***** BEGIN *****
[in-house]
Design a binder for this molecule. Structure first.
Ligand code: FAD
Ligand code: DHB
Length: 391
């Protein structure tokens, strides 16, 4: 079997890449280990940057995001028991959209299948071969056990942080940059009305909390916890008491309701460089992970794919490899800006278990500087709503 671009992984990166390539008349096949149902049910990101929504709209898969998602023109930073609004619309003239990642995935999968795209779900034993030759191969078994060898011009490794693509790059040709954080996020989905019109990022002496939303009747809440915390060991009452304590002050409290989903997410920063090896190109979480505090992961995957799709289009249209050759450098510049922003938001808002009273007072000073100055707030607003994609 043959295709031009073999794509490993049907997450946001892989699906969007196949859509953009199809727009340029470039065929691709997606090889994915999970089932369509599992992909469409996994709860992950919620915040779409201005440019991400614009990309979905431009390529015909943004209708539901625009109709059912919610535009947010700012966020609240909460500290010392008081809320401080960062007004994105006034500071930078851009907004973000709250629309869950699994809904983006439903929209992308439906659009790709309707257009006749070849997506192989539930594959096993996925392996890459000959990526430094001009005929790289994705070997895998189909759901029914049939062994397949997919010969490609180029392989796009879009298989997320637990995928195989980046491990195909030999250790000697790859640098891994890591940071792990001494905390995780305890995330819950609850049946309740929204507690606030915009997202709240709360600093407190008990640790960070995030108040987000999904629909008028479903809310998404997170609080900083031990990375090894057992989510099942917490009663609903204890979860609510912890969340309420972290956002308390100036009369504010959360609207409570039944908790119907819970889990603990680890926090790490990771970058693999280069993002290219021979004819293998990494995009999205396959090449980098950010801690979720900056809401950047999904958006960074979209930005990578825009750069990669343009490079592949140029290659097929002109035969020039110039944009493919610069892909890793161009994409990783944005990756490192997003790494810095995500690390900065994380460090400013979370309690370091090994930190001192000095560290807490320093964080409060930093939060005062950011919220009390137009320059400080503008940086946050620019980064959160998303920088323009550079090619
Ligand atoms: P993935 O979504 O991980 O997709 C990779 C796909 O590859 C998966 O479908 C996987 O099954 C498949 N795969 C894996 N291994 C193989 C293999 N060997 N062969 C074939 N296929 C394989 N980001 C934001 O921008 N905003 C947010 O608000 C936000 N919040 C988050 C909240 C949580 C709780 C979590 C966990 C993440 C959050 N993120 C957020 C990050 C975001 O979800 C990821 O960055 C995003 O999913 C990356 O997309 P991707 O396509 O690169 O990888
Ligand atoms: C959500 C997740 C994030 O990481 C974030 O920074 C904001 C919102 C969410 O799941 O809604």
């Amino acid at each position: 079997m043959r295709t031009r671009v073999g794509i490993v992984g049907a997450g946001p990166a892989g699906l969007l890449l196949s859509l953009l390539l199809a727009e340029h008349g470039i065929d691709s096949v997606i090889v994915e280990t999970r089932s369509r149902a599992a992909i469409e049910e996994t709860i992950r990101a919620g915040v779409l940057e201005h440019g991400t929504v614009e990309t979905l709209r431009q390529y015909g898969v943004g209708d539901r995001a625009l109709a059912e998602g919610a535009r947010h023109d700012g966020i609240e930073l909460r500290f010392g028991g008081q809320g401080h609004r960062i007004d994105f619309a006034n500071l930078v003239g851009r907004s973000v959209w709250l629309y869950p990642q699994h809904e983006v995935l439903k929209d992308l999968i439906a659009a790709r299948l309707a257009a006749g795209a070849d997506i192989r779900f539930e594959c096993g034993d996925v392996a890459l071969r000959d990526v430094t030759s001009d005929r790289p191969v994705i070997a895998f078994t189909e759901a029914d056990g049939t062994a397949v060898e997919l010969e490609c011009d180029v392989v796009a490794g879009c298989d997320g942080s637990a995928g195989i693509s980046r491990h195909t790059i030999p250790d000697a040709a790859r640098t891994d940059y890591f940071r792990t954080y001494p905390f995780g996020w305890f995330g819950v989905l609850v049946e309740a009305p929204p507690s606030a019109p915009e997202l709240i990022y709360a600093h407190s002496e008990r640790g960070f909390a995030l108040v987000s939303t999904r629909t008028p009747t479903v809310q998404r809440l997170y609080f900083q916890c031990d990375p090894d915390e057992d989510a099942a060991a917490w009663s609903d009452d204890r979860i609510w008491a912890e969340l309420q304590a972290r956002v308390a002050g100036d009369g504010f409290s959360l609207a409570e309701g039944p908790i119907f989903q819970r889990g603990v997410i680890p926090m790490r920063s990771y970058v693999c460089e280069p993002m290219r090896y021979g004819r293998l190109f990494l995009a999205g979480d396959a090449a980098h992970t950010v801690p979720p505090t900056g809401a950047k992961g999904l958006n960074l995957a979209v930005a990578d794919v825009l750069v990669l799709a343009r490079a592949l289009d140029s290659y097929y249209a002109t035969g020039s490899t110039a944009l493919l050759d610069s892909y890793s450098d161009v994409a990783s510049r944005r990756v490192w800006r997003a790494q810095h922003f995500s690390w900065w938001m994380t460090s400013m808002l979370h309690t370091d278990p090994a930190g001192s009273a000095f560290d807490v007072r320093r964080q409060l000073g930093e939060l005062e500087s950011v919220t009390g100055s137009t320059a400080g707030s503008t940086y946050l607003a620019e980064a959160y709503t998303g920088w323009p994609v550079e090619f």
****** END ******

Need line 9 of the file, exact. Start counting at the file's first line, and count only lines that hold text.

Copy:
């Amino acid at each position: 079997m043959r295709t031009r671009v073999g794509i490993v992984g049907a997450g946001p990166a892989g699906l969007l890449l196949s859509l953009l390539l199809a727009e340029h008349g470039i065929d691709s096949v997606i090889v994915e280990t999970r089932s369509r149902a599992a992909i469409e049910e996994t709860i992950r990101a919620g915040v779409l940057e201005h440019g991400t929504v614009e990309t979905l709209r431009q390529y015909g898969v943004g209708d539901r995001a625009l109709a059912e998602g919610a535009r947010h023109d700012g966020i609240e930073l909460r500290f010392g028991g008081q809320g401080h609004r960062i007004d994105f619309a006034n500071l930078v003239g851009r907004s973000v959209w709250l629309y869950p990642q699994h809904e983006v995935l439903k929209d992308l999968i439906a659009a790709r299948l309707a257009a006749g795209a070849d997506i192989r779900f539930e594959c096993g034993d996925v392996a890459l071969r000959d990526v430094t030759s001009d005929r790289p191969v994705i070997a895998f078994t189909e759901a029914d056990g049939t062994a397949v060898e997919l010969e490609c011009d180029v392989v796009a490794g879009c298989d997320g942080s637990a995928g195989i693509s980046r491990h195909t790059i030999p250790d000697a040709a790859r640098t891994d940059y890591f940071r792990t954080y001494p905390f995780g996020w305890f995330g819950v989905l609850v049946e309740a009305p929204p507690s606030a019109p915009e997202l709240i990022y709360a600093h407190s002496e008990r640790g960070f909390a995030l108040v987000s939303t999904r629909t008028p009747t479903v809310q998404r809440l997170y609080f900083q916890c031990d990375p090894d915390e057992d989510a099942a060991a917490w009663s609903d009452d204890r979860i609510w008491a912890e969340l309420q304590a972290r956002v308390a002050g100036d009369g504010f409290s959360l609207a409570e309701g039944p908790i119907f989903q819970r889990g603990v997410i680890p926090m790490r920063s990771y970058v693999c460089e280069p993002m290219r090896y021979g004819r293998l190109f990494l995009a999205g979480d396959a090449a980098h992970t950010v801690p979720p505090t900056g809401a950047k992961g999904l958006n960074l995957a979209v930005a990578d794919v825009l750069v990669l799709a343009r490079a592949l289009d140029s290659y097929y249209a002109t035969g020039s490899t110039a944009l493919l050759d610069s892909y890793s450098d161009v994409a990783s510049r944005r990756v490192w800006r997003a790494q810095h922003f995500s690390w900065w938001m994380t460090s400013m808002l979370h309690t370091d278990p090994a930190g001192s009273a000095f560290d807490v007072r320093r964080q409060l000073g930093e939060l005062e500087s950011v919220t009390g100055s137009t320059a400080g707030s503008t940086y946050l607003a620019e980064a959160y709503t998303g920088w323009p994609v550079e090619f």